series of devices connected to a central node

It's Time to Use a Better DNS Service

19 min read
Difficulty rating for the advice in the article:
Fairly Simple

There are a lot of free and simple things we can all do to reclaim some of our lost privacy. One of the most overlooked things is changing your DNS settings to use a private DNS service. Not everyone is aware of what a DNS server does, why they should use a different DNS server than the default service provided by their ISP, and how it can be changed. In this post, I aim to clarify all of those things and provide you several ways to change your DNS settings on all of your devices!

What is DNS?

DNS, or Domain Name System, is a hierarchical and decentralized naming system for computers, services, or other resources connected to the internet or a private network. It associates various information with domain names on the web. Mainly, it converts a domain name into an IP address so your computer knows how to connect to your desired URL.

An example of this is when you connect to this site, your browser’s URL bar will say it is at That URL is for humans as it is easier to remember and type than an IP address. When you type that address, click on a link to it, or even select it from your bookmarks, your chosen DNS service takes that name and looks up the IP address that is used to connect you to this site. The IP address of the site might be something like That series of octets is how computers know what to connect to, but you can see how it would be difficult for us mere mortals to remember a bunch of those addresses. Remembering the domain name is much simpler!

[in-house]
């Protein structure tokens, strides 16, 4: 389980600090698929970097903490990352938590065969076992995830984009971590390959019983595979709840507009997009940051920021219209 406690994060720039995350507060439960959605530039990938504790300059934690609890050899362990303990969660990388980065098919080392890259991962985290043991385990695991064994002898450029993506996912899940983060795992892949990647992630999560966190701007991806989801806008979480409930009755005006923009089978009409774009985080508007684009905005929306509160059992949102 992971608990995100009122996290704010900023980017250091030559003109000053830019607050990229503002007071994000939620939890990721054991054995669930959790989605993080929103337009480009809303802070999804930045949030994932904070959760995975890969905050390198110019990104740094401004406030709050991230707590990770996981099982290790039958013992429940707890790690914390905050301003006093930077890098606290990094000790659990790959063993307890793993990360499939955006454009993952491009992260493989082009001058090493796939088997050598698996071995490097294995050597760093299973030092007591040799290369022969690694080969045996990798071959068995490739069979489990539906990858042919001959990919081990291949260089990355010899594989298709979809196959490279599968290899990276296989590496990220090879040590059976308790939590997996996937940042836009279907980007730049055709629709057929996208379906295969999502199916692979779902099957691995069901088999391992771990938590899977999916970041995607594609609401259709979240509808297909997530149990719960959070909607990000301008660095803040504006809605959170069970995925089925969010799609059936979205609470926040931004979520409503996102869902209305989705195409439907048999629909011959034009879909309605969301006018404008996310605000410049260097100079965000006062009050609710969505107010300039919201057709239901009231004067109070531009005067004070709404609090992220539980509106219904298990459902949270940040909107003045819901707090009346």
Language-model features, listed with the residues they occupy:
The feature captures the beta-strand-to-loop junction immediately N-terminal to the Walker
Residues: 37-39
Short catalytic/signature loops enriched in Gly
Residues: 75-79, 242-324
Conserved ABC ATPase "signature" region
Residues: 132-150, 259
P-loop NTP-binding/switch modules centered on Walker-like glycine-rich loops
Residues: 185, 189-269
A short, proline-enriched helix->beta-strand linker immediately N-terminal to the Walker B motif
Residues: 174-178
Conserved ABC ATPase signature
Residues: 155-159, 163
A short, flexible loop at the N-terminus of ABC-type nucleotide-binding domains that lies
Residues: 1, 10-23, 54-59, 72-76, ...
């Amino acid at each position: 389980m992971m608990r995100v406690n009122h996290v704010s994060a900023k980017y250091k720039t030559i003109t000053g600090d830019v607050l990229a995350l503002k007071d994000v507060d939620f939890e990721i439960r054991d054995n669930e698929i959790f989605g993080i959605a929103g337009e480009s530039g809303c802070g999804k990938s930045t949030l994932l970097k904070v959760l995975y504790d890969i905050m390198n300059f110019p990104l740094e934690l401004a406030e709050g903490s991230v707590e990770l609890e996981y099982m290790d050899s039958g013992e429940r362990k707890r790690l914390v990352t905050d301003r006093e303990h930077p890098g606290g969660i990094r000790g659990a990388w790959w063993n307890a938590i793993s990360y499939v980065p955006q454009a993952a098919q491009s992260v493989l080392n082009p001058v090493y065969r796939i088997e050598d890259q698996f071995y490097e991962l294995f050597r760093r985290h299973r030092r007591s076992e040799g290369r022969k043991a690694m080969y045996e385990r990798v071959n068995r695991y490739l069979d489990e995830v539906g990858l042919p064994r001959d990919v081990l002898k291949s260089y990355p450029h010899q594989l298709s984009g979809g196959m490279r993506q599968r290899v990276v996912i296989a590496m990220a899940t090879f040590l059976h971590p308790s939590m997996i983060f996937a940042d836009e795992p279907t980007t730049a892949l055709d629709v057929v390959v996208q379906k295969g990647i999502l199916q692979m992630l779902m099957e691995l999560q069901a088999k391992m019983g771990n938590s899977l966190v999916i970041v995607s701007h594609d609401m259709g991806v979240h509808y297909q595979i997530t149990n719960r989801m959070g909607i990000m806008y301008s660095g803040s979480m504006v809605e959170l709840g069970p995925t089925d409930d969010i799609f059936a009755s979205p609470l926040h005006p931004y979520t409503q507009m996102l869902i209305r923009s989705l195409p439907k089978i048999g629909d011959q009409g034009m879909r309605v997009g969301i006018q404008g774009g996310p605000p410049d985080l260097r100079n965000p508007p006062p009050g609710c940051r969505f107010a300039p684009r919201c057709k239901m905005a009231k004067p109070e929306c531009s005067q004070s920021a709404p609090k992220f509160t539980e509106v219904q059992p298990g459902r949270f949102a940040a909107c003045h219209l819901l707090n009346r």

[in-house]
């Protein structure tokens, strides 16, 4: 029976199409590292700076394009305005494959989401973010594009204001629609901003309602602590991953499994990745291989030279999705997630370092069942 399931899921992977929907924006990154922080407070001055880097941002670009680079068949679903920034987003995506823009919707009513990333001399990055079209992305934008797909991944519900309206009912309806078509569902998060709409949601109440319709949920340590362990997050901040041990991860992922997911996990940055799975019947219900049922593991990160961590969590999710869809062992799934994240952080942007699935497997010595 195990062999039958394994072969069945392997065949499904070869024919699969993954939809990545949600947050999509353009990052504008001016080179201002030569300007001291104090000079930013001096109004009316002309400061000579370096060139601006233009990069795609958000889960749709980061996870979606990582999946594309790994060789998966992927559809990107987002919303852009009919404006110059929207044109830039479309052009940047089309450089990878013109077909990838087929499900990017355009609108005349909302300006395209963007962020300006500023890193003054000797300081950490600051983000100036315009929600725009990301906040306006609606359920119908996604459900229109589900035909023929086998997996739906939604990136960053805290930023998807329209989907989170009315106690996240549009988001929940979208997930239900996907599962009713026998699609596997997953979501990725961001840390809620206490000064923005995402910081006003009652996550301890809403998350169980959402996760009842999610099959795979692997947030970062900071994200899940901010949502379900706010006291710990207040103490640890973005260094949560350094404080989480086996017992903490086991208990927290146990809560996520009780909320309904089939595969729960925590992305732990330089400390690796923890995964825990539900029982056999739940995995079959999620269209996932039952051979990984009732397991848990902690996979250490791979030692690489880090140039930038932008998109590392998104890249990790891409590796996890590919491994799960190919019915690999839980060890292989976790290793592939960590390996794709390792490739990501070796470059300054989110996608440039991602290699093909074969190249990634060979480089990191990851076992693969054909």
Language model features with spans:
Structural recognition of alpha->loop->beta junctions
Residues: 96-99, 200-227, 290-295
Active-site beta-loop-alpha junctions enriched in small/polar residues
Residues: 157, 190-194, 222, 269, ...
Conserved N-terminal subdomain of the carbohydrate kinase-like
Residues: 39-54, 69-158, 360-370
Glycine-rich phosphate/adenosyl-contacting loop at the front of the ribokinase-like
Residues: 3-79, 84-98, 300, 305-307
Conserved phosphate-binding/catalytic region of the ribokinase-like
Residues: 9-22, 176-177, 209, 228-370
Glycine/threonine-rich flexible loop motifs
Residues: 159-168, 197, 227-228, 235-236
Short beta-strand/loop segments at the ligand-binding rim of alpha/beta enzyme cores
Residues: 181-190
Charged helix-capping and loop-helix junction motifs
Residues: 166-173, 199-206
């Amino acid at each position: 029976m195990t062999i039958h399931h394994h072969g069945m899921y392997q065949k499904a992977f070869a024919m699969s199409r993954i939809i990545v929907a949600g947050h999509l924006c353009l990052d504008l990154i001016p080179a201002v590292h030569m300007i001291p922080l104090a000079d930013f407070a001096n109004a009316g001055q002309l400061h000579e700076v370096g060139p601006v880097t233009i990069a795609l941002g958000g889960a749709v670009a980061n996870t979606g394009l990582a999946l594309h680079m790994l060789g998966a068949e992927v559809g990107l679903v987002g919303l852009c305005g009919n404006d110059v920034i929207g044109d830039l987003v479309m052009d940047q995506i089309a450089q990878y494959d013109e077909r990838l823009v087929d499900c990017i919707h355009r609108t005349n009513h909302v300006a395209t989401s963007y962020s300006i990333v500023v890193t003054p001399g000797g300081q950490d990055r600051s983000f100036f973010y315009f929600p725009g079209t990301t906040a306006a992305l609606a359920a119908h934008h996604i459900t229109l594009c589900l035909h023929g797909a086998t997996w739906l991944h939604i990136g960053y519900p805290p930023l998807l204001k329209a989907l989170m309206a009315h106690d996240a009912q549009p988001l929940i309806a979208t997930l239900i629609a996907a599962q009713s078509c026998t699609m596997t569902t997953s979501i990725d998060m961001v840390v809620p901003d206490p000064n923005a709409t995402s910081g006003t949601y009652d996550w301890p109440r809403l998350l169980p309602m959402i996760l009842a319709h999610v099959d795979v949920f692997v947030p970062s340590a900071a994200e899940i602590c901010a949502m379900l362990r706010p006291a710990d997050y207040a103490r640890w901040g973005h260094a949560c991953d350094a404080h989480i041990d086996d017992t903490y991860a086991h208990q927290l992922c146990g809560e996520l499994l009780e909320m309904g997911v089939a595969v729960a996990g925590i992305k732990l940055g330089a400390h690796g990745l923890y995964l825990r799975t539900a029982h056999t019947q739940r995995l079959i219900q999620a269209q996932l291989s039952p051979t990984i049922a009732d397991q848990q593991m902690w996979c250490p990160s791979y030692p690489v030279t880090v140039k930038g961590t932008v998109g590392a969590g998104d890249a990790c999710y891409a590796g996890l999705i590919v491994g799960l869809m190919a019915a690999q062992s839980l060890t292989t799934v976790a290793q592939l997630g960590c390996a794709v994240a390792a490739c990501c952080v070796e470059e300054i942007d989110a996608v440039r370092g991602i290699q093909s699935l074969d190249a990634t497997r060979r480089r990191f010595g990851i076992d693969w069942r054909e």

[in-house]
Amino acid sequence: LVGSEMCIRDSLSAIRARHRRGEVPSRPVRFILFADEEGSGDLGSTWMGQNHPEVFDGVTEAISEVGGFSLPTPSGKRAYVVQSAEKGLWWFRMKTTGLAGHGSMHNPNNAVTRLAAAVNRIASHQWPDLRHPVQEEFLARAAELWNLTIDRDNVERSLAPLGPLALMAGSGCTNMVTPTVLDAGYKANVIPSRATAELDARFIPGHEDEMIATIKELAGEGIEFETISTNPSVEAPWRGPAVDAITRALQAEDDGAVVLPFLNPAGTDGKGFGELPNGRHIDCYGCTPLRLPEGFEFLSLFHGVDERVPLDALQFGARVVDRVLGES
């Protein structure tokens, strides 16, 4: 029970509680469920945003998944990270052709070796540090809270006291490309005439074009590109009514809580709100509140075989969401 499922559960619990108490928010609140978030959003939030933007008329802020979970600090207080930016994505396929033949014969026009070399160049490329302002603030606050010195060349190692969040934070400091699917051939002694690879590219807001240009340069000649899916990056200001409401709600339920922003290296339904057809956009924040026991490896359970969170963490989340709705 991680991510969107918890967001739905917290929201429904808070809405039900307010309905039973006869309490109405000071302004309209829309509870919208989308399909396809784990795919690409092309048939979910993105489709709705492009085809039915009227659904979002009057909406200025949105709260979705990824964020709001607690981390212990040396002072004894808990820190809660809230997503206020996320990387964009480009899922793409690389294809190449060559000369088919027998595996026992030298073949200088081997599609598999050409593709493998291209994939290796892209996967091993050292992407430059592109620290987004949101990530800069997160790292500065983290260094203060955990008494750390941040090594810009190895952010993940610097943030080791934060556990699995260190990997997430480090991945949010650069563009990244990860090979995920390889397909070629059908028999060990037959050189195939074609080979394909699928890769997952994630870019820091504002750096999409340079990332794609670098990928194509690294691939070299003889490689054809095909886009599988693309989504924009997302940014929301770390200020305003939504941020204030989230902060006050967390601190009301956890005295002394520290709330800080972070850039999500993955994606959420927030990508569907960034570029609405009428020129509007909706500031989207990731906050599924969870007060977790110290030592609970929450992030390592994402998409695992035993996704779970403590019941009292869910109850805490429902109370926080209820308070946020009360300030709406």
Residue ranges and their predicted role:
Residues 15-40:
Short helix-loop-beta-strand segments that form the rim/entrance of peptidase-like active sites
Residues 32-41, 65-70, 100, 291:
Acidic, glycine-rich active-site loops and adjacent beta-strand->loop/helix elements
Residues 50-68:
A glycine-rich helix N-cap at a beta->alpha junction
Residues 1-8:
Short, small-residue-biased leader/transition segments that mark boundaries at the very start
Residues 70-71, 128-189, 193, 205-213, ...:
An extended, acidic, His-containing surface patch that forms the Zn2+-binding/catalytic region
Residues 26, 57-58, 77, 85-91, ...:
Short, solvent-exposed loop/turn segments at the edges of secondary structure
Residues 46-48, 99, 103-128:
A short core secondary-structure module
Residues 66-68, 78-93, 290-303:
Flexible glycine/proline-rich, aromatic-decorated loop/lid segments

Why Change Your DNS Settings?

illustration of pirate skull in eye

Not all DNS services are created equally! For starters, if you haven’t manually configured your DNS service then you are likely using your ISP’s, or Internet Service Provider’s, DNS service. If you know little about ISP’s and why you might not want to use their service, think about which company provides your internet service for a second. In America, you are likely getting your internet service from a company like AT&T, Charter, Verizon, Spectrum, etc. If you know anything at all about these companies, know that they are some of the most greedy, anti-consumer companies on the planet. When you are using their default DNS service, all of your requests are going to a server they control and are using to mine as much of your data as possible. These companies might use some of that data in the same way that Google or a social media site would so they can learn how to make more money off of you, but more times than not they are merely interested in selling this data. You can see how this is bad for privacy! Some of these companies are taking more of an interest in acting as censors that block content from certain sites. Using your ISP’s DNS service is a bad idea from multiple angles!

There are many DNS services out there that won’t sell your data or spy on your requests. Many of these also offer additional security and privacy features such as encryption through the DNSCrypt protocol or DNSSEC (DNS Security Extensions). Some even offer multiple DNS addresses you can use that do different things like filter out malicious sites. With so many of these superior DNS services being free, there is no reason to continue using your ISP’s DNS service anymore!

What to Look for in a DNS Service

illustration of a lock